How did you become involved in the movement against sex trafficking and sexual exploitation?
This is kind of a long story as it was a journey, not so much a revelation, but I’ll keep it short. It started with a song of all things, “Carissa’s Song” by Mandi Perkins. I liked Mandi’s music and saw the proceeds from this song were going to The Carissa Project, a film project by David Sauvage to share the story of Carissa Phelps who is a survivor of sex trafficking. Carissa’s story was so horrific that it truly shocked me, yet it is also a story of triumph, joy, and hope. This all started about four years ago for me.
This led me to trying to educate myself on the issue of, initially, sex trafficking and then human trafficking. I don’t think I will ever forget the nights I stayed up until 2AM listening to interviews of Nikki Junker and Minh Dang on the radio. These two courageous young ladies shared their experiences and to this day, I am nearly overwhelmed with pride for these two ladies whom I have never met but who are such heroes to me. Hearing their experiences, it made me think of how little hope there must have seemed at times in their lives.
The more I searched, the more I educated myself, the more I saw how pervasive the issue of sex and human trafficking is in this world. And that is just not acceptable.
What draws you to support people who are trafficked and sexually exploited?
It is my view of this problem that too often these people find themselves with little to no hope for bettering their situation. I realize that this is my view and doesn’t necessarily reflect everyone’s reality, but it is what motivates me. I remember a time when I had lost hope and it was through the caring of friends and family as well as my faith in God that I found hope again. From my experience, logic and rational thought usually cannot bring hope back to you if you’ve lost it; it takes an external influence to make that happen. I believe that God will use my efforts to help people, I don’t need to understand how that happens, but it is my faith that says that it will happen.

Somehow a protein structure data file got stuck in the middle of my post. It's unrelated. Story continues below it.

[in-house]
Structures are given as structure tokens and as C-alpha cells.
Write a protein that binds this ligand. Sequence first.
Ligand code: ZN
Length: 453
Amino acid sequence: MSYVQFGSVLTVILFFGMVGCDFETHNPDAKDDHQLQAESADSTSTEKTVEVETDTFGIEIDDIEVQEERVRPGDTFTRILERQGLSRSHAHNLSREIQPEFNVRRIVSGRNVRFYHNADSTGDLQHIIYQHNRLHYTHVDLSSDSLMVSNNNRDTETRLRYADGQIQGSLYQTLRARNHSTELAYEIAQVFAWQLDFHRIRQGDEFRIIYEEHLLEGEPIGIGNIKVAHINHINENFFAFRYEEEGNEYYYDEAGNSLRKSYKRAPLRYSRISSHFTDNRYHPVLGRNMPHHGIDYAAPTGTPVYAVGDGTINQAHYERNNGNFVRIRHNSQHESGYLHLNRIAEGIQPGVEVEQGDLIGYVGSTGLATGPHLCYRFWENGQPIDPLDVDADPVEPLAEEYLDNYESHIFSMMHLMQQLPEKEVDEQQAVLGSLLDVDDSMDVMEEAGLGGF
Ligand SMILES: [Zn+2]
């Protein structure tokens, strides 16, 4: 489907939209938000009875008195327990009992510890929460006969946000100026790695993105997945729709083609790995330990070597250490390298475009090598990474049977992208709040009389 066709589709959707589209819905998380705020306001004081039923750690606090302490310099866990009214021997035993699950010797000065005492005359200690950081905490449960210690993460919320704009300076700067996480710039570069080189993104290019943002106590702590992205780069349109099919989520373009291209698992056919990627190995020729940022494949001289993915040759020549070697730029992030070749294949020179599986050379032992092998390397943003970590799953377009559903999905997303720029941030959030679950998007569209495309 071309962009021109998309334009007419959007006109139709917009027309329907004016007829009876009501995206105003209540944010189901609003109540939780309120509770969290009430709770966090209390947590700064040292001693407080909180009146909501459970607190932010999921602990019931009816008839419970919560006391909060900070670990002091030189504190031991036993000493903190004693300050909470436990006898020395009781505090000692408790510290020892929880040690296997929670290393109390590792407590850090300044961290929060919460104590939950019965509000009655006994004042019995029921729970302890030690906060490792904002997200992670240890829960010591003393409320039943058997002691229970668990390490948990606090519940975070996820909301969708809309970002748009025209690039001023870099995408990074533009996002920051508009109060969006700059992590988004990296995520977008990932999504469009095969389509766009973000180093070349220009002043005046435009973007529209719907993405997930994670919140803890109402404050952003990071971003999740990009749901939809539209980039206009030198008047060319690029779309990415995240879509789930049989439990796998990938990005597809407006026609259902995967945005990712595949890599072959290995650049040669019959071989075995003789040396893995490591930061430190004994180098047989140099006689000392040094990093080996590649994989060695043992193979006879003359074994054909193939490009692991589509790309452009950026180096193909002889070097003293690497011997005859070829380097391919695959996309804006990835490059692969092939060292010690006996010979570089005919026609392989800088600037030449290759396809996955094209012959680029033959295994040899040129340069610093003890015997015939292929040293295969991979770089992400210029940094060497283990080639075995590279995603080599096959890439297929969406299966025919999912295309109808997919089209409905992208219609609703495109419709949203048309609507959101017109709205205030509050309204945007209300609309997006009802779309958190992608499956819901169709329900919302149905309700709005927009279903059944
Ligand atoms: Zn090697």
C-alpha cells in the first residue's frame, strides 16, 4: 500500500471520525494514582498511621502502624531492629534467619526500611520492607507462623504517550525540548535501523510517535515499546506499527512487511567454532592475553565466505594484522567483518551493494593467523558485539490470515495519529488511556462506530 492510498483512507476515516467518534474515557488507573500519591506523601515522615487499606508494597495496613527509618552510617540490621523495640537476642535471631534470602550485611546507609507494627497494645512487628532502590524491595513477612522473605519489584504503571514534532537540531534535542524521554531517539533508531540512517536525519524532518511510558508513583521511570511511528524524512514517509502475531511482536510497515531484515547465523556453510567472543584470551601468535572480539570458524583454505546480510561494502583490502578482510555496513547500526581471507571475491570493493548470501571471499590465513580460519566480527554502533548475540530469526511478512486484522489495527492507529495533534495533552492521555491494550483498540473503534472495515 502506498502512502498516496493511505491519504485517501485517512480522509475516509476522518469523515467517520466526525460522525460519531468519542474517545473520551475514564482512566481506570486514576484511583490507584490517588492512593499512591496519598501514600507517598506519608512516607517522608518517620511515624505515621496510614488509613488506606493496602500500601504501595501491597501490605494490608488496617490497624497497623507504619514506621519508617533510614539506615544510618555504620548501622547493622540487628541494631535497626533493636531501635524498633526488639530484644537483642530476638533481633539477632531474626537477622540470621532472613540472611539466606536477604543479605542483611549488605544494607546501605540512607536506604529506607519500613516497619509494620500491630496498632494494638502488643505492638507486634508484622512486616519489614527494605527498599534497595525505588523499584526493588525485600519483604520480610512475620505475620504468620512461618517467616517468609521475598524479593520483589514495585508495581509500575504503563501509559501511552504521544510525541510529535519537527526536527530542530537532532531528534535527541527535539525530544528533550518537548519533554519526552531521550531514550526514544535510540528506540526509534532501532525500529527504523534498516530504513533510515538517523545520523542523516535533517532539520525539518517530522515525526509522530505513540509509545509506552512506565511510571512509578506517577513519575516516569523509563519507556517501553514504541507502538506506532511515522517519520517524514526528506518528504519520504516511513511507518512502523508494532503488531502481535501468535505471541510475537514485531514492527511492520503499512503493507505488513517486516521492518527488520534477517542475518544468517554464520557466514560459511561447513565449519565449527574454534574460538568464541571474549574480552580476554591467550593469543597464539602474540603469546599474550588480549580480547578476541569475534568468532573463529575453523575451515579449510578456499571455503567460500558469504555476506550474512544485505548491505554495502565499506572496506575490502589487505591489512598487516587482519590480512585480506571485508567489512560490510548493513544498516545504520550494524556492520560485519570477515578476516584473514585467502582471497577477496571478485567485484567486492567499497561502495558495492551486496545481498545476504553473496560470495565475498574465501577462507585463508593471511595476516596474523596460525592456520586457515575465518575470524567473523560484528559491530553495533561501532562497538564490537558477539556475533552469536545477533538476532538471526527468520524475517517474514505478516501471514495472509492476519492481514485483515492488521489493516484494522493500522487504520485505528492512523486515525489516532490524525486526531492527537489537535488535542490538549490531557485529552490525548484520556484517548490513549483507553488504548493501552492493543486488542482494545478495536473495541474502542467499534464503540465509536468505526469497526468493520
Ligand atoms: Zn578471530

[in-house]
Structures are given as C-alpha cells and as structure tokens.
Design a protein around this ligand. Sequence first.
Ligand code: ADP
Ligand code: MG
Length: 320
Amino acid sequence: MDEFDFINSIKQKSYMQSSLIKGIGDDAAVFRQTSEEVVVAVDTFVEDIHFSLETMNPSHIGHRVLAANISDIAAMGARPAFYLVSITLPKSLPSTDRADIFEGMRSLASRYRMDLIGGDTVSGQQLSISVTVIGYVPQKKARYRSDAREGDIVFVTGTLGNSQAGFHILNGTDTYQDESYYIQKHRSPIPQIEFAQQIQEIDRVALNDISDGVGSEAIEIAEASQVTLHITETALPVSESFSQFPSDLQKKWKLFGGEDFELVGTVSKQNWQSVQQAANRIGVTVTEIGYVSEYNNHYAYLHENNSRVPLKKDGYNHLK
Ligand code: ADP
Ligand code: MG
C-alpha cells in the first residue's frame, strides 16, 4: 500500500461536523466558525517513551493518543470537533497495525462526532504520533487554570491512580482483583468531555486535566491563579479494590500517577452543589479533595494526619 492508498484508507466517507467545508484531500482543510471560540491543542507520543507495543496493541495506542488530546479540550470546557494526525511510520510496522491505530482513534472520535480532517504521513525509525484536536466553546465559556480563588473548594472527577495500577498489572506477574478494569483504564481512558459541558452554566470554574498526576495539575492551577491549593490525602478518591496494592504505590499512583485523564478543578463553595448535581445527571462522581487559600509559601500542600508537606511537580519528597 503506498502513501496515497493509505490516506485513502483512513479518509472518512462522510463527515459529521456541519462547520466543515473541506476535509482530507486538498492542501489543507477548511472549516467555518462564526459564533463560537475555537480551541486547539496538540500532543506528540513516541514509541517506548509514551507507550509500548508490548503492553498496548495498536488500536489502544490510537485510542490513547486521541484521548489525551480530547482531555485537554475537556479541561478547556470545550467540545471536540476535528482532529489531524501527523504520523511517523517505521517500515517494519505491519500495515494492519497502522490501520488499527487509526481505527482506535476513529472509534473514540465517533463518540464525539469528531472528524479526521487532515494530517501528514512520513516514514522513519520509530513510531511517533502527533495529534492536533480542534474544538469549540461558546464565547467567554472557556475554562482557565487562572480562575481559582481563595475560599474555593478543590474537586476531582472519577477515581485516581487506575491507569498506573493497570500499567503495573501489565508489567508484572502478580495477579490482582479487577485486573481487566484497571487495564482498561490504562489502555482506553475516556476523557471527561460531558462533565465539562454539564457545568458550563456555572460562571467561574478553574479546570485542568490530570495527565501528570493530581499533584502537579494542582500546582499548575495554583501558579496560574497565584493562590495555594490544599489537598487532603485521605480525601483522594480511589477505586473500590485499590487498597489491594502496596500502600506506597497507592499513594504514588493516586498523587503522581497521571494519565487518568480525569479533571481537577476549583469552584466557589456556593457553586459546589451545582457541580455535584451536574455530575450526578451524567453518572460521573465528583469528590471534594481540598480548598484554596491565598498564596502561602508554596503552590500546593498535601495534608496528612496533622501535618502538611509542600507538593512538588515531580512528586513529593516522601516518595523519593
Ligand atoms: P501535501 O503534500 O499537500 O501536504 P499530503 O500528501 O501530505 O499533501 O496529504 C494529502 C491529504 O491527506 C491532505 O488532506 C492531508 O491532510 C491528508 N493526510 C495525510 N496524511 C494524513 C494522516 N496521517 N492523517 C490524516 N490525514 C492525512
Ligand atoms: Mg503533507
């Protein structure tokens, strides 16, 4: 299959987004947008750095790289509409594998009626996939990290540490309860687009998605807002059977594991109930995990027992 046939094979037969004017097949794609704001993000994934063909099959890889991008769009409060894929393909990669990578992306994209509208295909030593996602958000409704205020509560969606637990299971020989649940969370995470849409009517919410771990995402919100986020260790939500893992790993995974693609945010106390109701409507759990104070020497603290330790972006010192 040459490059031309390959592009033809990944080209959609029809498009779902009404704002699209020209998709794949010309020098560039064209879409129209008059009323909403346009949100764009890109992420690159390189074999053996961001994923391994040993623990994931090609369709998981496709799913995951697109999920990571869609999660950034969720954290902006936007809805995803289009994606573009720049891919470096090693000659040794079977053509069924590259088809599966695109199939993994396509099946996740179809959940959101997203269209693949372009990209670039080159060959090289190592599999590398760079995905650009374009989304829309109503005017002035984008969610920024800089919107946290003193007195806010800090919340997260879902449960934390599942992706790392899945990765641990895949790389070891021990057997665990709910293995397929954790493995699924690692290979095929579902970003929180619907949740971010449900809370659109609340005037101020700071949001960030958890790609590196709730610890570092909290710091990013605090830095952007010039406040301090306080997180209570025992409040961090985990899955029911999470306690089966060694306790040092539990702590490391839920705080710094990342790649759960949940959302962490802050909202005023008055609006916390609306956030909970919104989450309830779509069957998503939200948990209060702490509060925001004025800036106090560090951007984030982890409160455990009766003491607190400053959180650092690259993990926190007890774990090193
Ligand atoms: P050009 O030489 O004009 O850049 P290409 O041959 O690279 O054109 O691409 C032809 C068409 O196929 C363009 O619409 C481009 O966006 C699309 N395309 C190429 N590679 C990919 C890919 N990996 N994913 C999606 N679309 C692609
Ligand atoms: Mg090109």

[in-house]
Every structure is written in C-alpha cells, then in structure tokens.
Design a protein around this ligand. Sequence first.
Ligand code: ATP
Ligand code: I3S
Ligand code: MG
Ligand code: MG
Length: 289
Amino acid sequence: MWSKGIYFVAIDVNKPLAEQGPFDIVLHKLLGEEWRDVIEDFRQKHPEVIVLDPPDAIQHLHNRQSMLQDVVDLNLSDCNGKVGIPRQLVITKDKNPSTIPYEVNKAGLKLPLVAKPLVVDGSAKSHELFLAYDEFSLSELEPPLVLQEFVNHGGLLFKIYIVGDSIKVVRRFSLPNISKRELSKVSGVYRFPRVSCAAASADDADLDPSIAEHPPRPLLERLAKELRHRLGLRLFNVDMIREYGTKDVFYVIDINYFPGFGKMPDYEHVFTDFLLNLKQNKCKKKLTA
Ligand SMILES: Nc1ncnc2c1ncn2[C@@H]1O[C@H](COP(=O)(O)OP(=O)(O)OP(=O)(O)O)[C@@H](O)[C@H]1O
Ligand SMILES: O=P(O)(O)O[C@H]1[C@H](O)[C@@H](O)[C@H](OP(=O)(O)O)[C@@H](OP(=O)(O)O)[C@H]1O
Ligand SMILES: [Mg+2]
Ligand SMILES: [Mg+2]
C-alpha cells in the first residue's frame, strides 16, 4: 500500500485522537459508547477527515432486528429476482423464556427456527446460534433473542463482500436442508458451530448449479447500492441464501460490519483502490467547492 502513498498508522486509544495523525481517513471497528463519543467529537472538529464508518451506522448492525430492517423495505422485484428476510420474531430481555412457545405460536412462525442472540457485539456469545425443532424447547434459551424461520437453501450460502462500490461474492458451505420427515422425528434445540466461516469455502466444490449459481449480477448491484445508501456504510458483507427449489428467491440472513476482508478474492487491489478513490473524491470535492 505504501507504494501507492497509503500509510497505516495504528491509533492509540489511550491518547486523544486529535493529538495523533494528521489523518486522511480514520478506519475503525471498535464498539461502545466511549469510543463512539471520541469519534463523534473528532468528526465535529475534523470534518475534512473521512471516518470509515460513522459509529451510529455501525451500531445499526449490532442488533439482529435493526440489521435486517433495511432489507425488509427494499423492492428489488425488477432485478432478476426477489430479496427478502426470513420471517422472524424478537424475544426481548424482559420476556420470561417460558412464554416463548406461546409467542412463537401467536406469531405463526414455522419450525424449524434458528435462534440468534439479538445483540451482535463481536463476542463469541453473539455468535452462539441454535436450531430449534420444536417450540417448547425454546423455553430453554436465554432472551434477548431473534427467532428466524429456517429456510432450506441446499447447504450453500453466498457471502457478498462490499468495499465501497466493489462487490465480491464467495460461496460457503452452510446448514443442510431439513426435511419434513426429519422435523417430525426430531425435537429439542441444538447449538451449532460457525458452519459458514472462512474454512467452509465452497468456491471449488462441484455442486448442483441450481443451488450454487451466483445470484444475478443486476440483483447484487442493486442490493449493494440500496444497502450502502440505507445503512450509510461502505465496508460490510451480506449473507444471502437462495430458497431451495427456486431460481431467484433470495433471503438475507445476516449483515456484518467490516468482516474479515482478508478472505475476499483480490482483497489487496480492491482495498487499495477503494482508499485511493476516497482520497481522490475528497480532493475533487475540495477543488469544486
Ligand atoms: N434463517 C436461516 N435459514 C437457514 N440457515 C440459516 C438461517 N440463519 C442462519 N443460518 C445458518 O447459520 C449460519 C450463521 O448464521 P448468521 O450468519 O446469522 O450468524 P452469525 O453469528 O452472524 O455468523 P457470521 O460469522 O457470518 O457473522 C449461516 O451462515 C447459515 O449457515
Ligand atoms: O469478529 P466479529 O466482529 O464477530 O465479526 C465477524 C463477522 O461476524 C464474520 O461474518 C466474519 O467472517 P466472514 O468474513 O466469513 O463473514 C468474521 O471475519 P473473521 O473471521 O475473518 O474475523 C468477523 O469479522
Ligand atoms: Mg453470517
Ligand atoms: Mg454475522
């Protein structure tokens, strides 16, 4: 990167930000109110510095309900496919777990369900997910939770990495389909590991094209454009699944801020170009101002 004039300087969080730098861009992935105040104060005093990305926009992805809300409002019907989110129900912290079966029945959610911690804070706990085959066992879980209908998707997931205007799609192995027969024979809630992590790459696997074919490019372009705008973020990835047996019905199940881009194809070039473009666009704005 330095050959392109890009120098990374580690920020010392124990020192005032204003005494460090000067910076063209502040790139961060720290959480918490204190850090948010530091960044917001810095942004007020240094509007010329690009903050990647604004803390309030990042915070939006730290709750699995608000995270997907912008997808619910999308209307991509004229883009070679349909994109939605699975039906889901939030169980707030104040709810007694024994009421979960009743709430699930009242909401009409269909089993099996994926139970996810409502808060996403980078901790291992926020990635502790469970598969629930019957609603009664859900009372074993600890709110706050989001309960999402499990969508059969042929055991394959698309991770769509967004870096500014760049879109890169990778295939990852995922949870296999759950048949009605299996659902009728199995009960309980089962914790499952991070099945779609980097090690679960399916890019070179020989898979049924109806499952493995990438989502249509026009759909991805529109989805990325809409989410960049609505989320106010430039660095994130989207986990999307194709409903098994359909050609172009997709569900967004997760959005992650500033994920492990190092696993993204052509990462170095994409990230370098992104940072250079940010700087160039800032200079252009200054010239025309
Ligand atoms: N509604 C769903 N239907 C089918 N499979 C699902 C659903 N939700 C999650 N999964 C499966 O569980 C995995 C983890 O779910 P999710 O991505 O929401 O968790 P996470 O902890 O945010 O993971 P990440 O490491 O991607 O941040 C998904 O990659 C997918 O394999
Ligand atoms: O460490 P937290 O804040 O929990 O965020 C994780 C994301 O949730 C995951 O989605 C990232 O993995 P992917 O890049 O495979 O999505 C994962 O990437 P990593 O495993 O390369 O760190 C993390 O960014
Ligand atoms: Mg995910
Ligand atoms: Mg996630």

What does your work involve?
I always feel that my efforts are insufficient but I like the quote from Mother Teresa, “If you can’t feed a hundred people, then just feed one.” I am not able to abolish human trafficking through my actions directly; however, there are a myriad of ways to influence and support the fight against human trafficking. Polaris Project does a lot of work with helping to get legislation enacted in America that helps fight human trafficking in many ways and I’ve helped those efforts by going and talking to my representatives to garner support for legislation. This is surprisingly easy and the legislators with whom I spoke were interested and engaging.
I also work at educating people, sharing the reality of sex and human trafficking. It’s shocking and unfortunate how ignorant most folks are of the extent and impact of human trafficking. I believe that education is the key to dealing with human trafficking. If more people were aware of the horrors of human trafficking and that it happens in their town, then more resources would be put towards the battle, more people would be helped and fewer people would become trapped in it.